Teaching is a noble calling.
It is not easy. It is often underappreciated. Despite the wisecracks about teachers having a lot of paid vacation days and summers off, most teachers are nonetheless working (or thinking about job-related matters) almost all the time.
Teaching doesn’t pay nearly as much as it should, considering the potential benefits it offers both individuals and society. We show by our dollars what we truly think of it and its value. We readily pay far more for our health (doctors, nurses, drugs, etc.), our comfort (e.g., HVAC repairmen), and entertainment (actors and athletes) but balk at paying teachers more. This values disparity is magnified dramatically when the teachers involved are in Christian education.
Yet, you don’t hear complaints from the dedicated Christian teachers about the low wages. They are called to it, and they take that call seriously. To them, it’s more than just a job with a paycheck. Teaching offers intangible, even eternal, rewards. But teaching also carries with it a biblical caveat, and that warning is what causes those teachers to take their ministry seriously: “Be not many masters [teachers], knowing that we shall receive the greater condemnation” [bear a greater responsibility] (James 4:1).
I have spent the better part of my adult life in various aspects of Christian education: classroom teacher; interim principal; editor of educational materials; and author of education articles, history textbooks, and ancillary materials. I don’t have a large financial portfolio or retirement account to show for it, but I have the satisfaction of knowing that I have been fulfilling my calling. I have numerous former students and untold numbers of unknown (to me) students who used materials that I’ve written or edited, and I was able to have an influence on some of them.
In January 1988, Dr. Charles Walker, editor of Journal for Christian Educators and since 1982 executive director of the Tennessee Association of Christian Schools, published my first article for that magazine. Over the next 23 years, he encouraged me to keep on writing and continued to publish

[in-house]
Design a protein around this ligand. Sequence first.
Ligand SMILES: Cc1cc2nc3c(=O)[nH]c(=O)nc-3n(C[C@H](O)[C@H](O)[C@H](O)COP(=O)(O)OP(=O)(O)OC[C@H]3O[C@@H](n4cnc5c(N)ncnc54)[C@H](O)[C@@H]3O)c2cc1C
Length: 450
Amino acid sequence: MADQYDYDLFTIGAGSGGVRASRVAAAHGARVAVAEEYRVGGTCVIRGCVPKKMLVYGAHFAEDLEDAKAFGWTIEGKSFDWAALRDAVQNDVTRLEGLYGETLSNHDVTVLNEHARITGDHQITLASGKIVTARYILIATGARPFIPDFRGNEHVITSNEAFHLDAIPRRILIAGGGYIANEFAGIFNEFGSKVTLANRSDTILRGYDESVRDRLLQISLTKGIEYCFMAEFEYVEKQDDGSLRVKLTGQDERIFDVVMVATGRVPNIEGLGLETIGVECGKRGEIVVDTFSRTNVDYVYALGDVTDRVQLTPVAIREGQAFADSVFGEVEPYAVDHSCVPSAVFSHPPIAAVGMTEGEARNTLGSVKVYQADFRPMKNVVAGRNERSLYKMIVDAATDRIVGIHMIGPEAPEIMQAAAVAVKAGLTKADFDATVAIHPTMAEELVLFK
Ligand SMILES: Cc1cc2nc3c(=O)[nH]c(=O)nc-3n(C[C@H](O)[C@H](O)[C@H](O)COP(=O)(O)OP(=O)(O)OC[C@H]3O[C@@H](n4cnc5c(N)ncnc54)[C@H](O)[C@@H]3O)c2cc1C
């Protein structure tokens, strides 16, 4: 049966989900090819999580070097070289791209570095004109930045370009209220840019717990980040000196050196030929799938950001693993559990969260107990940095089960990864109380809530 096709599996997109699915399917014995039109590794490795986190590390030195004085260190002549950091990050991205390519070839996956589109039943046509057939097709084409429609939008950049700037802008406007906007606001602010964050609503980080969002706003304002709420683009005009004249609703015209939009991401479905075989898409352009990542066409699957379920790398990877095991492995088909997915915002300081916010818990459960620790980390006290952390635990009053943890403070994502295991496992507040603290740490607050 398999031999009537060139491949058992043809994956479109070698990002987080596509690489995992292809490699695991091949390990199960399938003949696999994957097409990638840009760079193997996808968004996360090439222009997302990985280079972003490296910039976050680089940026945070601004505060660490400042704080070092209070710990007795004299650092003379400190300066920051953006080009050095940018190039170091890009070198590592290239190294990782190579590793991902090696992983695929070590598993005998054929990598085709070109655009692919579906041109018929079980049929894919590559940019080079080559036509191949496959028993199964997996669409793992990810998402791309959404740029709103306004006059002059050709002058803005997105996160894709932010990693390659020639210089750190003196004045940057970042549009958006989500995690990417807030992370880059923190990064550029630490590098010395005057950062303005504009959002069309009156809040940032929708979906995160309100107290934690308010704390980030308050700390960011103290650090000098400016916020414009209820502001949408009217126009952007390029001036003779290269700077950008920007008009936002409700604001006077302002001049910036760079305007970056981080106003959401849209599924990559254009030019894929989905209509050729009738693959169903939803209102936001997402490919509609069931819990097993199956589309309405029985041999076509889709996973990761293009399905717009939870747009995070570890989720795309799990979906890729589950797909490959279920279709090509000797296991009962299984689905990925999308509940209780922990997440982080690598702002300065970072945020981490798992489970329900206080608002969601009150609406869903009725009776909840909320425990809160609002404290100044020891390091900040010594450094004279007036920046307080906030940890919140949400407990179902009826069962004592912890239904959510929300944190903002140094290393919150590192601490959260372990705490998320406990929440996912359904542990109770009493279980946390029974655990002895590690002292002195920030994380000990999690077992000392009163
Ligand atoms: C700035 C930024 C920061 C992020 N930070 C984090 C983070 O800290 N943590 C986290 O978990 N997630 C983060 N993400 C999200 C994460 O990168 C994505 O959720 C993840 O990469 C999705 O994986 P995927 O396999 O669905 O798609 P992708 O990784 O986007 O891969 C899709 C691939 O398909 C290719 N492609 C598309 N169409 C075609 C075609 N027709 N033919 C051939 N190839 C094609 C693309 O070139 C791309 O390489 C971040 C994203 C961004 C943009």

Most of the articles in the book were published in Journal for Christian Educators between January 1988 and December 2011. Some of them were published in other educational publications, and a few were written especially for this book.
Dr. Walker wrote in his foreword that Teacher is “a must-read for every Christian school educator” and “needs to be on every teacher’s desk.”
Conditions and circumstances in which education occurs change over time, as does the technology to make learning possible or easier, but the principles of good teaching are eternal and unchanging. Take away all the modern technology and return us to the one-room schoolhouse, and good teachers would still find a way to teach effectively because the principles remain the same.
Good teachers are also forever learners. They know that there are no “know-it-alls” in this life, and they therefore are always striving to improve their knowledge and their skills.
The goal of Teacher–my prayer as its author–is that it will inspire, motivate, and encourage teachers in their quest to learn and share their knowledge, especially the truths and values of God’s Word, with their students.
Maybe my book (available at http://www.amazon.com) could help you. Or someone you know.
Copyright (c) 2017, Dennis L. Peterson